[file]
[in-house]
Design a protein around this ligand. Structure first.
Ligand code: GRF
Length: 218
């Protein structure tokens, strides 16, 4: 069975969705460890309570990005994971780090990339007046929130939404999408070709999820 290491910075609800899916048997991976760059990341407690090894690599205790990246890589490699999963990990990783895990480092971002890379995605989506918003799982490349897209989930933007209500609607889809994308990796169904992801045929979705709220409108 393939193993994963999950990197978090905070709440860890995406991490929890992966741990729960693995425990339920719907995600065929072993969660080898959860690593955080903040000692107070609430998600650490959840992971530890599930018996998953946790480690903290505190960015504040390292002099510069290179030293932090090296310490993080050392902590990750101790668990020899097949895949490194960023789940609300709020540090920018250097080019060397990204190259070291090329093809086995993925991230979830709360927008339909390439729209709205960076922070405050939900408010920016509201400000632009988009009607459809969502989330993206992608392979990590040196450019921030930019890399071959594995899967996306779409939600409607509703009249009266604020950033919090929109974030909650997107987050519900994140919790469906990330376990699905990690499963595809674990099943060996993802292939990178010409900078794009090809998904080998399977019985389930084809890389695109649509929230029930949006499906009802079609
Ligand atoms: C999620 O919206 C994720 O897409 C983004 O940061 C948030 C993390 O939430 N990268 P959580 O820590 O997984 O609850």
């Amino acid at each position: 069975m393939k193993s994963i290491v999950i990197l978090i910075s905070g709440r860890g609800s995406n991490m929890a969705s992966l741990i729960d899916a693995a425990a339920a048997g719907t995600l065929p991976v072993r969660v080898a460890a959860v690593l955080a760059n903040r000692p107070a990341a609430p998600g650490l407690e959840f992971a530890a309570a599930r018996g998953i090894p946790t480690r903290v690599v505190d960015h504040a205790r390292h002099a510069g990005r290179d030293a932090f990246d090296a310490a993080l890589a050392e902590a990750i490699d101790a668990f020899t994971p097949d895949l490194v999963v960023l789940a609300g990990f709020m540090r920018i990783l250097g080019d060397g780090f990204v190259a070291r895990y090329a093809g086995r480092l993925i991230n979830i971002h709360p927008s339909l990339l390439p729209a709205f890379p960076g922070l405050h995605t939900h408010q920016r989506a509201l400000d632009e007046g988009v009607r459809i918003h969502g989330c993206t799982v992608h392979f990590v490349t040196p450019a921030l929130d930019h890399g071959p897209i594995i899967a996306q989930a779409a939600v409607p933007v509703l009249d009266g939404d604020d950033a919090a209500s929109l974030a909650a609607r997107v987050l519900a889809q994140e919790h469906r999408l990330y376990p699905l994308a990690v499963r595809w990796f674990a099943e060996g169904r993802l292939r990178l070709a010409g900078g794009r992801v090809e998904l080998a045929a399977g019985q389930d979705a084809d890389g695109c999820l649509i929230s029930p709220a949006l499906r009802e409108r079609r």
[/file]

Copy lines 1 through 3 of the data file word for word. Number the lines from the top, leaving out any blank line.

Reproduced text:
[in-house]
Design a protein around this ligand. Structure first.
Ligand code: GRF